In its 2005 highway bill, Congress demanded that NHTSA write new performance standards that would reduce passenger ejections and increase roof strength. The legislation also clearly called for testing both sides of the vehicle roof. Studies show that the initial impact of a rollover can break the windshield, which can substantially weaken the other side of the roof, greatly increasing the chance it will crumple and injure the occupants.
NHTSA’s final rule should take into account not only roof strength, but the performance of safety belts, curtain air bags, door locks and latches, windows and roof racks. The agency must develop a dynamic test that mimics an actual rollover and takes into account passenger ejection and containment, said Donald Friedman, founder of t he Center for Injury Research. He also is a partner in Xprts, LLC, a California consulting firm.
“A light truck and a passenger car with the same static roof strength can have grossly different rollover occupant protection capability as revealed in our dynamic JRS tests,” Friedman said. “The federal government’s existing standard tests only roof structure performance, while dynamic tests measure injury potential in a rollover.”
Also, the proposed rule’s preamble contains disturbing language that says any manufacturer whose vehicle complies with the standard should not be held liable for occupant injuries in that vehicle.
“NHTSA’s rule, which it says would save less that half of one percent of the 10,800 annual rollover deaths, urges state courts to pre-empt consumer injury lawsuits involving vehicles meeting this do-nothing standard,” Claybrook said. “It reveals that NHTSA is more concerned with protecting auto companies than the families who needlessly lose loved ones each day.”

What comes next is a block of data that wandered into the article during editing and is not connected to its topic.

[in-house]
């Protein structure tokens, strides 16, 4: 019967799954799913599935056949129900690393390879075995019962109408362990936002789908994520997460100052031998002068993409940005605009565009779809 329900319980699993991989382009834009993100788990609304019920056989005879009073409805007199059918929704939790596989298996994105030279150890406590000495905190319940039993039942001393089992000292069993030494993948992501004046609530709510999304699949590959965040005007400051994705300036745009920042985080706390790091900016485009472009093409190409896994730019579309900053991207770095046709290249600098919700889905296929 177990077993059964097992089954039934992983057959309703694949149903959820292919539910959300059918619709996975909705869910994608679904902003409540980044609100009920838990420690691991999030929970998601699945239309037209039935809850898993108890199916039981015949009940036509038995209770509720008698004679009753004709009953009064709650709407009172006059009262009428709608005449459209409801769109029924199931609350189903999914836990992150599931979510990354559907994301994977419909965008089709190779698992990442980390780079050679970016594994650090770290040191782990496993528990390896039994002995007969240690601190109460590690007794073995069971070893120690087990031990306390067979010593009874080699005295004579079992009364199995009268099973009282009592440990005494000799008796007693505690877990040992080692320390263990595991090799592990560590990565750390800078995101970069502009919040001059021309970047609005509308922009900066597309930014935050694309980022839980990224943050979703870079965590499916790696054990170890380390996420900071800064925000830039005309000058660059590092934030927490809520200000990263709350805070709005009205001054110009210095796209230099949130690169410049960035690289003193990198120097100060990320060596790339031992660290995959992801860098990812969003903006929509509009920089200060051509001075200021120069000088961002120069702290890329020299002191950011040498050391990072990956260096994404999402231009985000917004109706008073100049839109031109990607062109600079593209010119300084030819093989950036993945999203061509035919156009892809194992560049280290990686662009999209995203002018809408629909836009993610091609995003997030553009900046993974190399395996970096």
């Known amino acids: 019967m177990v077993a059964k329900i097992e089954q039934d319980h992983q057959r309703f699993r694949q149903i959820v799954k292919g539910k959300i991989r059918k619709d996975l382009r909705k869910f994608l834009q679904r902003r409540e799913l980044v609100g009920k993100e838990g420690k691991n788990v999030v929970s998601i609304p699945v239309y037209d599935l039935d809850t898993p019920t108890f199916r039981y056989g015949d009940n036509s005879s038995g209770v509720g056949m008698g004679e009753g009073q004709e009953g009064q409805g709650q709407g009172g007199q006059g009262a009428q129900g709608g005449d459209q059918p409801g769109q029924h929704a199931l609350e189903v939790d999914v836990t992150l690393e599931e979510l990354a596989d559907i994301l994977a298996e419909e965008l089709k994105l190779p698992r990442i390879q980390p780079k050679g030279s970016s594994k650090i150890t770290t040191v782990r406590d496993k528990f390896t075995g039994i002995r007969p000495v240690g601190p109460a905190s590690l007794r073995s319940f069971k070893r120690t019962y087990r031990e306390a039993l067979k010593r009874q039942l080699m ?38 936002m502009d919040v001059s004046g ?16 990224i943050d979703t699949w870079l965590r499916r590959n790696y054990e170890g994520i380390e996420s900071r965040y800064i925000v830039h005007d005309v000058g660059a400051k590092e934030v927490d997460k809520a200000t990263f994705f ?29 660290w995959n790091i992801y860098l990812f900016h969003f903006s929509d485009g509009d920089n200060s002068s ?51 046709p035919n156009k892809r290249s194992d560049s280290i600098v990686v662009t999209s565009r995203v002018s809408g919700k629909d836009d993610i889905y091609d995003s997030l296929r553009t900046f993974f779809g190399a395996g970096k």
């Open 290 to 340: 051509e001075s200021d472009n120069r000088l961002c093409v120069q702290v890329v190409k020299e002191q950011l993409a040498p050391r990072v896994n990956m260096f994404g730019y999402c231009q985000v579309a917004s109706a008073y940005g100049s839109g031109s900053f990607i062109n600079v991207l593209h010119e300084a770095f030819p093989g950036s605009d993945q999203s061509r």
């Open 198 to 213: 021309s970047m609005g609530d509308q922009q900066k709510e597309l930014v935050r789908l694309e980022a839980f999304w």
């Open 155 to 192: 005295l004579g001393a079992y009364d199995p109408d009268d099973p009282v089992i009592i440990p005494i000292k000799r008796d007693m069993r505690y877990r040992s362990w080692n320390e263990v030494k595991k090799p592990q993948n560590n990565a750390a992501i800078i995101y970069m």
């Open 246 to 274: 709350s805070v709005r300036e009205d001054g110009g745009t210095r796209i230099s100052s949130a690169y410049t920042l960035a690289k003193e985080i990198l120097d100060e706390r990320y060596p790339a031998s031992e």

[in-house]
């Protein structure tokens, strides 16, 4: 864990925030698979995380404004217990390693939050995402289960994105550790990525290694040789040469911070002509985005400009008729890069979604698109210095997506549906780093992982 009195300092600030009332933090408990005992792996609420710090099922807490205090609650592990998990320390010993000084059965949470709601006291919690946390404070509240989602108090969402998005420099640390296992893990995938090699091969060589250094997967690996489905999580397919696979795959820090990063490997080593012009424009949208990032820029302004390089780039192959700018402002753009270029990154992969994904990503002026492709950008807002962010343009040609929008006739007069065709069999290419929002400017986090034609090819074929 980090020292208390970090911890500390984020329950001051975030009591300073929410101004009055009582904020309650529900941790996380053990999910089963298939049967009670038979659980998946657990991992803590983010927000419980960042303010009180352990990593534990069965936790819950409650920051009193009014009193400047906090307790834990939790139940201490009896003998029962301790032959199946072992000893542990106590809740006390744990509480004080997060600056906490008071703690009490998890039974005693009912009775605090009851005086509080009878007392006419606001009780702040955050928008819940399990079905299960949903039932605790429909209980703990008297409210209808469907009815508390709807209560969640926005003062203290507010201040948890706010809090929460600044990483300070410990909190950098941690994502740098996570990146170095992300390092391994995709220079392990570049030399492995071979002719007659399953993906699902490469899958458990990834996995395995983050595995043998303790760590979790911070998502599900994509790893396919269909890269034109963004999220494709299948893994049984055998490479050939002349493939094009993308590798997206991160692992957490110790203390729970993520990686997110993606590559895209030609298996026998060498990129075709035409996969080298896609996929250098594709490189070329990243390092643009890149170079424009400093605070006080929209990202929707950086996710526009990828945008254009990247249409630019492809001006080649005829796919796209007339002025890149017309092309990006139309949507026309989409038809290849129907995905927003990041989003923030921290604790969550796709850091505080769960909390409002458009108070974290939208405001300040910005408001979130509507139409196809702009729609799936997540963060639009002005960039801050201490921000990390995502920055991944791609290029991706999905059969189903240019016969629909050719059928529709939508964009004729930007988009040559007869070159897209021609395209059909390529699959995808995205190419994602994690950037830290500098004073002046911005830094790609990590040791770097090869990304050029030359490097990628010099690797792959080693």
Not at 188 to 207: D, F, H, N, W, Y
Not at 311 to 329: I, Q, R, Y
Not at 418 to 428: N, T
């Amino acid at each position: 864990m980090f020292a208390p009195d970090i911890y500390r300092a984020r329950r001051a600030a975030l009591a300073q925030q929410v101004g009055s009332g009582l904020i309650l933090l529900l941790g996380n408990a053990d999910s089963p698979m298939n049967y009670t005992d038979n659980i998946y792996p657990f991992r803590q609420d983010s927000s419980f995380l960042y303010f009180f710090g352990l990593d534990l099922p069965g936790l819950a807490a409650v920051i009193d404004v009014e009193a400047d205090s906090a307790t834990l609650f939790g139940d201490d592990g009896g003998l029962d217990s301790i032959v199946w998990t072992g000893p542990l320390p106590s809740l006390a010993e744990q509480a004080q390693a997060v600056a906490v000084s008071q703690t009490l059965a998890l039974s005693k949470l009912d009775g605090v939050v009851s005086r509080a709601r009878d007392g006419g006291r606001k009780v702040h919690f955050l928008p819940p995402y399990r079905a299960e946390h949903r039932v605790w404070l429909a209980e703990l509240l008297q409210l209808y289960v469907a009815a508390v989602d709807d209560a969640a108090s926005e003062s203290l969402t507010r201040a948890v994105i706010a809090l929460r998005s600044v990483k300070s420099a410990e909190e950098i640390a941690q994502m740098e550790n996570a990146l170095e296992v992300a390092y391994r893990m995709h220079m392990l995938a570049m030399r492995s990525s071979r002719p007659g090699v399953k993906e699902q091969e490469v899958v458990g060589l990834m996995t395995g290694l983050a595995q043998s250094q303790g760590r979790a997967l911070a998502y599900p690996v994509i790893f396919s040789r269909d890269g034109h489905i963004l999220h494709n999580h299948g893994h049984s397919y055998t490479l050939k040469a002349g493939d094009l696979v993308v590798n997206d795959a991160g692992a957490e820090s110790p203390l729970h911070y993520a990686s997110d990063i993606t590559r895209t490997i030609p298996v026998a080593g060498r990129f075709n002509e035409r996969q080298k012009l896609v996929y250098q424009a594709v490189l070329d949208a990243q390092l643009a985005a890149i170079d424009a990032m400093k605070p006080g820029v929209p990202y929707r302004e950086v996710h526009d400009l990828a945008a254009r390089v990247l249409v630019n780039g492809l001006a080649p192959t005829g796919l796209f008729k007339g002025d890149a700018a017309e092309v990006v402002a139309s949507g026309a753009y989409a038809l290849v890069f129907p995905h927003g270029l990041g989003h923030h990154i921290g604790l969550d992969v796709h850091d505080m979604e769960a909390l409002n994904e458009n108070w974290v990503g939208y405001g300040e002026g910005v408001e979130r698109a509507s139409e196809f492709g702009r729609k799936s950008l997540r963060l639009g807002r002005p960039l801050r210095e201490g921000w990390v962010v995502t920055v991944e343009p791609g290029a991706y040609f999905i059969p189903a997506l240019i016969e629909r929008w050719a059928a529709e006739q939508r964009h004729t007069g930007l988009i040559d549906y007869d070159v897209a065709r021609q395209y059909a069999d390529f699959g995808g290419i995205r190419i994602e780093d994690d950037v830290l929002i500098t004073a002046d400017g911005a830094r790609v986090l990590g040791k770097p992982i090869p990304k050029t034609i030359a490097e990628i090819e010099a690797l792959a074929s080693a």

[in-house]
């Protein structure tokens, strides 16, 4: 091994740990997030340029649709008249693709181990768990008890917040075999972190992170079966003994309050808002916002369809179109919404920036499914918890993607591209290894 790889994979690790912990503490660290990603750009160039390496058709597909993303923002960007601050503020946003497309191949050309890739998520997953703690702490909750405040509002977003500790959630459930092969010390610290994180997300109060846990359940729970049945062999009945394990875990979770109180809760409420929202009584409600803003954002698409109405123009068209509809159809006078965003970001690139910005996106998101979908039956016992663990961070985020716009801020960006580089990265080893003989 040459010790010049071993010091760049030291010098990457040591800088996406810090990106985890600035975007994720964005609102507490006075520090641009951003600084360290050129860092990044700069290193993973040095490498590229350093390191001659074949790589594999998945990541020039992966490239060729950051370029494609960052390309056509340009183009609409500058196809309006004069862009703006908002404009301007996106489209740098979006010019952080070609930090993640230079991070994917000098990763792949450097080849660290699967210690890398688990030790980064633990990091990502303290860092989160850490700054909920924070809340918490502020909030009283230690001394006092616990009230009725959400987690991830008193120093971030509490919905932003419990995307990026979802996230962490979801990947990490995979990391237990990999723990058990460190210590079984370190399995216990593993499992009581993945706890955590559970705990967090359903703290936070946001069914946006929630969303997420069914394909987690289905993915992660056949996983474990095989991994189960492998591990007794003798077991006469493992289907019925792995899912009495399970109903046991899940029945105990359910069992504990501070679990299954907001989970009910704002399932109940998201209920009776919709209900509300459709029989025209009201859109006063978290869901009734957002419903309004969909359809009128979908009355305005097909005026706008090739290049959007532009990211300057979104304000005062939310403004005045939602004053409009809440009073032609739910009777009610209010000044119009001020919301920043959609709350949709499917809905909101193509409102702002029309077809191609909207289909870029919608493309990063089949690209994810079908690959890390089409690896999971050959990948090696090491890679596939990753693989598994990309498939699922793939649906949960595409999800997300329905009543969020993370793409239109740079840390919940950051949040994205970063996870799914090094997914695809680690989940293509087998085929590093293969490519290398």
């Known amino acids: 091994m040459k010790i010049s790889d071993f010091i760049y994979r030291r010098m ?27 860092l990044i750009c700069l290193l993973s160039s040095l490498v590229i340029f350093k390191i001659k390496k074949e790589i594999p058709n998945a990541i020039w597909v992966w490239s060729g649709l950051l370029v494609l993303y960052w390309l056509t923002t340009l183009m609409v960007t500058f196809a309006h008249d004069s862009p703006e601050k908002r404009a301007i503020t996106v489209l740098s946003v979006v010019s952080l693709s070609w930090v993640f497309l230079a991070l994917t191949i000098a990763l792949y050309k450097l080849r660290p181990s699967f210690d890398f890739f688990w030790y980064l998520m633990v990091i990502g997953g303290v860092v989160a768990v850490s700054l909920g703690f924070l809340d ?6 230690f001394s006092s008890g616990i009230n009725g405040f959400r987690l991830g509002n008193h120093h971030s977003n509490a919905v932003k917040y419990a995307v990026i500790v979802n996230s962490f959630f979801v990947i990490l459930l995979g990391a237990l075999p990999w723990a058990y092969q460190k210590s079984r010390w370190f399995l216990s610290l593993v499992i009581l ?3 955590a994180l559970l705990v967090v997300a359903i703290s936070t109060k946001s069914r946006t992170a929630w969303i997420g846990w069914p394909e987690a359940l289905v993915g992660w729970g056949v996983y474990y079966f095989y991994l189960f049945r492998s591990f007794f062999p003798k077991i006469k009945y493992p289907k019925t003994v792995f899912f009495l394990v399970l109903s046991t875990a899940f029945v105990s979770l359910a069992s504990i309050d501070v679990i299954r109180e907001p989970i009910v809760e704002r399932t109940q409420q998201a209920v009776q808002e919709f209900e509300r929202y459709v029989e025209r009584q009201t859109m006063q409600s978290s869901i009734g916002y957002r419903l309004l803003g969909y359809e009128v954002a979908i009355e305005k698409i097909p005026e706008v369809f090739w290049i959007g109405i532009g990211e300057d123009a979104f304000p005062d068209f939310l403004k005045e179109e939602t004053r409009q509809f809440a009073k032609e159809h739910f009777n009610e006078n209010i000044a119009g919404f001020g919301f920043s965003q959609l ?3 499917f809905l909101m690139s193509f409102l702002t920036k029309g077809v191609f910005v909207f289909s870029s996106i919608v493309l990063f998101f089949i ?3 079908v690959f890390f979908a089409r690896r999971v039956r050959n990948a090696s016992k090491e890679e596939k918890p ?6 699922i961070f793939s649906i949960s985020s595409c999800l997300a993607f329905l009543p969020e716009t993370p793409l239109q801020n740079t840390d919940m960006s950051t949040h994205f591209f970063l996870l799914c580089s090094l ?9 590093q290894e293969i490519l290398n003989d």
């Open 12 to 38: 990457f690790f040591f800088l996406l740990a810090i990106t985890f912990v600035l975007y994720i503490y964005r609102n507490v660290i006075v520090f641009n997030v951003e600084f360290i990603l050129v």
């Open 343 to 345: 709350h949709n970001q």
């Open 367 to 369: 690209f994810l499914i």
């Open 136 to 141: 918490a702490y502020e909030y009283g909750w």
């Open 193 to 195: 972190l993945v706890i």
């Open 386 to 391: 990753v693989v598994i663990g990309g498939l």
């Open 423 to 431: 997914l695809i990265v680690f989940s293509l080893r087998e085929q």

Addendum: The primary purpose of the Center for Injury Research JRS tests is to compare the dynamic roof crush performance of 10 vehicles with the performance of the same vehicles under NHTSA’s static roof crush tests. Unlike the passenger cars that CfIR tested, the Honda Ridgeline has side-curtain air bags that are designed to deploy in a rollover. NHTSA did not deploy air bags in its static roof crush tests, and CfIR did not deploy them in the JRS tests of the Ridgeline. Even if the side-curtain air bags had been deployed in the JRS test, they would not have affected the catastrophic roof instrusion into the occupant compartment, and the restrained dummy still would have indicated severe injury from the roof intrusion. In rollovers, the side-curtain air bags are primarily designed to control ejection and perform well only in combination with a strong roof that resists serious intrusion in a rollover. For a number of years, the experts involved in these rollover tests, as well as other experts in the field, have provided extensive technical informaiton to vehicle manufacturers about the importance of research and design choices concerning the control of roof crush in rollover occupant protection.